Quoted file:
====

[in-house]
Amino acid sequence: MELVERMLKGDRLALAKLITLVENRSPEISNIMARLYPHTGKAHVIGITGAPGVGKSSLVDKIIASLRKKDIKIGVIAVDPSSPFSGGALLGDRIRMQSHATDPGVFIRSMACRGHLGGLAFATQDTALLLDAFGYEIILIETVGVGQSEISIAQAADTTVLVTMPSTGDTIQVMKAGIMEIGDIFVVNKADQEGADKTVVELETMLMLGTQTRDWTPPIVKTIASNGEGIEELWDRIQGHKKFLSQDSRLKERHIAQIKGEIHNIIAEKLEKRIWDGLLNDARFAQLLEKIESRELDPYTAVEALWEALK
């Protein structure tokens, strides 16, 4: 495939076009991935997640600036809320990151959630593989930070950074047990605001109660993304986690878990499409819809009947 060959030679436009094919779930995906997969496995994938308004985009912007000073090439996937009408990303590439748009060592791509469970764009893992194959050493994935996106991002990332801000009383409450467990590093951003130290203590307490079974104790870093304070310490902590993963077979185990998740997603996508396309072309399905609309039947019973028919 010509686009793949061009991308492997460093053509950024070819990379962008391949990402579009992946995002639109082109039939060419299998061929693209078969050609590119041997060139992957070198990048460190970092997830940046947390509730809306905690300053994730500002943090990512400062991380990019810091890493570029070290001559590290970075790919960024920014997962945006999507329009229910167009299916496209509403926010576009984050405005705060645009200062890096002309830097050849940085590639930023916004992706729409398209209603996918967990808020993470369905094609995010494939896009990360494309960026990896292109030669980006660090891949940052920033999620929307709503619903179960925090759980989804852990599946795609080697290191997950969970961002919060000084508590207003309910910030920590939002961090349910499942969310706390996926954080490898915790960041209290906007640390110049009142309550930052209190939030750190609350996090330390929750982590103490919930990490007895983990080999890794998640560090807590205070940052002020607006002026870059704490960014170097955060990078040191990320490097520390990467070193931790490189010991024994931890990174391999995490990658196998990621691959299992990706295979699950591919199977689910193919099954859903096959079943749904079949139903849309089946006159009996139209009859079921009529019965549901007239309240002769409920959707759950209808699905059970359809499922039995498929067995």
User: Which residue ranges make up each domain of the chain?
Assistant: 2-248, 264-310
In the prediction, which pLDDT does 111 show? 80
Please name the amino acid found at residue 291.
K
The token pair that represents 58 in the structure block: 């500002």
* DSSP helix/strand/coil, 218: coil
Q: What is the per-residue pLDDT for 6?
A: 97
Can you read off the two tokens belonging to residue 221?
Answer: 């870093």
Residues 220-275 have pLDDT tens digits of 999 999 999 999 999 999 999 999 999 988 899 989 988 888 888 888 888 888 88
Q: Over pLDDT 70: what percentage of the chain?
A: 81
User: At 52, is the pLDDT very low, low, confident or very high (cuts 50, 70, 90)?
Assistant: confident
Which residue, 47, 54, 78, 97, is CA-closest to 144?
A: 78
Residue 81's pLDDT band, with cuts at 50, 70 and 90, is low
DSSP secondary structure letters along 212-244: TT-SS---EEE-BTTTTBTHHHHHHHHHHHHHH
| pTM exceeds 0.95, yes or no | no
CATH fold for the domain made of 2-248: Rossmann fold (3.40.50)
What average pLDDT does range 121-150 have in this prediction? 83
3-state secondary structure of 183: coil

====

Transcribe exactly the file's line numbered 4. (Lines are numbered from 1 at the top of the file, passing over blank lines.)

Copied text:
User: Which residue ranges make up each domain of the chain?